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VMMS picks up Japanese earthquake

Last week's 8.9 earthquake off the coast of Honshu, Japan was recorded by the seismometer at Veterans Memorial Middle School in Covington. 

The earthquake struck at 5:46 UTC (Universal Time) and its seismic waves reached VMMS approximately 12 minutes later, according to the 
seismometer. A few years ago Kathryn L. Henderson, a Quest science 
teacher at VMMS, received an AS-1 seismometer (seismograph) from the Incorporated Research Institutions for Seismology. Instead of recording the seismic waves on a rotating drum of paper as many seismographs do, the AS-1 sends its signal electronically to a computer.

Last week's 8.9 earthquake off the coast of Honshu, Japan was recorded by the seismometer at Veterans Memorial Middle School in Covington. The earthquake struck at 5:46 UTC (Universal Time) and its seismic waves reached VMMS approximately 12 minutes later, according to the seismometer. A few years ago Kathryn L. Henderson, a Quest science teacher at VMMS, received an AS-1 seismometer (seismograph) from the Incorporated Research Institutions for Seismology. Instead of recording the seismic waves on a rotating drum of paper as many seismographs do, the AS-1 sends its signal electronically to a computer.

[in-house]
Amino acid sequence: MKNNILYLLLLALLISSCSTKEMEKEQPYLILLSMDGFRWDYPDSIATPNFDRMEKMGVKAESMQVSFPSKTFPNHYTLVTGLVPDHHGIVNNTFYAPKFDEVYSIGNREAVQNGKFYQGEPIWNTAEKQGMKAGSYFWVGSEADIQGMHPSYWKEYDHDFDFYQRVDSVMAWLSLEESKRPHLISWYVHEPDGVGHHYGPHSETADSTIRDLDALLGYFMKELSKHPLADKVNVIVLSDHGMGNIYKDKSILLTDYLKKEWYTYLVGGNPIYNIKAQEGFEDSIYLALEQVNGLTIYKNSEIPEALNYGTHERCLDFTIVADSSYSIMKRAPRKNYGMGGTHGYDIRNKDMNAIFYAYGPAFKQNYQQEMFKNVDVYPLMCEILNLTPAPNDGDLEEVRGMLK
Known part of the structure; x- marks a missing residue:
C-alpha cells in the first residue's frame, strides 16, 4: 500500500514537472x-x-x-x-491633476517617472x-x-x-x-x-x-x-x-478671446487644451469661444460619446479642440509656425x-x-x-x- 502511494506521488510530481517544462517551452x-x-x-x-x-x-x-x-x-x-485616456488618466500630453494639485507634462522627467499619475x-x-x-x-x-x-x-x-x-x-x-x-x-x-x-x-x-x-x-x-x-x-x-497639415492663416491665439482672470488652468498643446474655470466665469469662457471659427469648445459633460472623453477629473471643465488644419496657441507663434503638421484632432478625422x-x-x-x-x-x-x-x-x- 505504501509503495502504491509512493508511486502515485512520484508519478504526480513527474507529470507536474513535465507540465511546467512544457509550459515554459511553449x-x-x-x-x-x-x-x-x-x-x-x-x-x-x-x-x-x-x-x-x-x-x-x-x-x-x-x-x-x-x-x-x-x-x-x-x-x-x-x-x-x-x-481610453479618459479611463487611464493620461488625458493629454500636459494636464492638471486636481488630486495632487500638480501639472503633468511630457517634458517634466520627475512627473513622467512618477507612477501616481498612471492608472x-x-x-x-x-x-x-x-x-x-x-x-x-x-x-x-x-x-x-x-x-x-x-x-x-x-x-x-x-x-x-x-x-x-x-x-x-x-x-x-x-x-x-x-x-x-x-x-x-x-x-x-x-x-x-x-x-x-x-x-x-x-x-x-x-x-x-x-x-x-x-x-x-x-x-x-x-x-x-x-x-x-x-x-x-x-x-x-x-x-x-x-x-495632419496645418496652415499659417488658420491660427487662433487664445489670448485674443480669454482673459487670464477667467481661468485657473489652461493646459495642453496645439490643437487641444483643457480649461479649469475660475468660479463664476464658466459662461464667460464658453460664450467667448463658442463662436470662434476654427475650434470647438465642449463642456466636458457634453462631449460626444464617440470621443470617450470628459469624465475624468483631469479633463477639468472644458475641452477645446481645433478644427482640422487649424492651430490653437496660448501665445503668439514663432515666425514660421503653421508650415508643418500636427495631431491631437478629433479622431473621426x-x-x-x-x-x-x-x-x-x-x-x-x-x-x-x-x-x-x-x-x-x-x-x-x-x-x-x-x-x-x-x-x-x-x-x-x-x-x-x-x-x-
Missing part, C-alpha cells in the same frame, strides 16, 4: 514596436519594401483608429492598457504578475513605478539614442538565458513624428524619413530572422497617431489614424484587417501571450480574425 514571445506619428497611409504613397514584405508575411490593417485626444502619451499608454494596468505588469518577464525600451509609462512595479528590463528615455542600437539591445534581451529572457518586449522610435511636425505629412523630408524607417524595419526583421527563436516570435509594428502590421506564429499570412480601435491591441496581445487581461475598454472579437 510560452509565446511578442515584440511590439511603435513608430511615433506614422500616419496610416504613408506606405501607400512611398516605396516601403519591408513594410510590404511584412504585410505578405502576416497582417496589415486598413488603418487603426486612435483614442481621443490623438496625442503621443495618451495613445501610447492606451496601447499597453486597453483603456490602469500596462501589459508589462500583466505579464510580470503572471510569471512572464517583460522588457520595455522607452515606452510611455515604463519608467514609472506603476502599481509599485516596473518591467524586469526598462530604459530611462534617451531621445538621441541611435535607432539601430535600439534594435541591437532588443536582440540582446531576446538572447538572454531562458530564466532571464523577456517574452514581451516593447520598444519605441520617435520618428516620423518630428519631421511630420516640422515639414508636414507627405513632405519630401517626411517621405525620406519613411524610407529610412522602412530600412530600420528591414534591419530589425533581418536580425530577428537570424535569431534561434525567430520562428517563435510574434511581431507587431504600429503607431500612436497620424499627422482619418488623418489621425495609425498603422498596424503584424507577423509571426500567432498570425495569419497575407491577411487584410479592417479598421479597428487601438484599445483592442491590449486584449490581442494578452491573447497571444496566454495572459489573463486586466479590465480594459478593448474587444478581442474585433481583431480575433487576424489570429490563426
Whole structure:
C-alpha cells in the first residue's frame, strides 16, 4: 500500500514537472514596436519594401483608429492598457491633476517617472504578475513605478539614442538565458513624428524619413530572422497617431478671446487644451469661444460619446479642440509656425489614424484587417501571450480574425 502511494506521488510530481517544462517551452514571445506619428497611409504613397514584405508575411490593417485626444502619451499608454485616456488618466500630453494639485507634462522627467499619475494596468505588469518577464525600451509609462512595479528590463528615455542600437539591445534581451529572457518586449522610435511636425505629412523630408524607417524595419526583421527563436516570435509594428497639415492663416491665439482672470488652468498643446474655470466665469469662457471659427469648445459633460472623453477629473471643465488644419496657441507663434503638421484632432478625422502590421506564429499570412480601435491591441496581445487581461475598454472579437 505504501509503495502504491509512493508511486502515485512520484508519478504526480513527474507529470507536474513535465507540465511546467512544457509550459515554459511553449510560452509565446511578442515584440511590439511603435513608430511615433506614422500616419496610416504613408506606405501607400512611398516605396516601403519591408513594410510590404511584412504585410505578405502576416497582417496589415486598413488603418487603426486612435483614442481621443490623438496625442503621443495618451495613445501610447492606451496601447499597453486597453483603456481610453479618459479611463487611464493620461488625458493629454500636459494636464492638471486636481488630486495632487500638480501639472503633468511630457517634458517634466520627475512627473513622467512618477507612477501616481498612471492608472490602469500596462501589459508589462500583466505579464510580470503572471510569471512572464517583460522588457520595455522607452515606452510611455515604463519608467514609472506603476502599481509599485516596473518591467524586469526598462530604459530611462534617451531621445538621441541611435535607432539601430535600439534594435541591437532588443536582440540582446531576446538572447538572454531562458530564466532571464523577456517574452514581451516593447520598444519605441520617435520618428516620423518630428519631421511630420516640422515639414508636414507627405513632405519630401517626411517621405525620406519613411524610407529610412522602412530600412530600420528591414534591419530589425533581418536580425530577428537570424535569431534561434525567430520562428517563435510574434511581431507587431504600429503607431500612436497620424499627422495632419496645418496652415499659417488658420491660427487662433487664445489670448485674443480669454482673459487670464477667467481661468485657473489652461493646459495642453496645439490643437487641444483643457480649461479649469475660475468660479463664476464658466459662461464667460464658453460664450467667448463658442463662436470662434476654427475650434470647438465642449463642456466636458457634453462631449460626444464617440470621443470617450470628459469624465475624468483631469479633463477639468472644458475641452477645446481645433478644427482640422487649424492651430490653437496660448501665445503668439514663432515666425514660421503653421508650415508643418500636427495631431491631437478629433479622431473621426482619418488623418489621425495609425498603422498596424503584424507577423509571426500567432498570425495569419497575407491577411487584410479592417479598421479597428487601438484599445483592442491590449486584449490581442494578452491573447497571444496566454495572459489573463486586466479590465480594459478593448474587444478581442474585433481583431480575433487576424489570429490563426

Last week's 8.9 earthquake off the coast of Honshu, Japan was recorded by the seismometer at Veterans Memorial Middle School in Covington.

The earthquake struck at 5:46 UTC (Universal Time) and its seismic waves reached VMMS approximately 12 minutes later, according to the

seismometer. A few years ago Kathryn L. Henderson, a Quest science

teacher at VMMS, received an AS-1 seismometer (seismograph) from the Incorporated Research Institutions for Seismology. Instead of recording the seismic waves on a rotating drum of paper as many seismographs do, the AS-1 sends its signal electronically to a computer.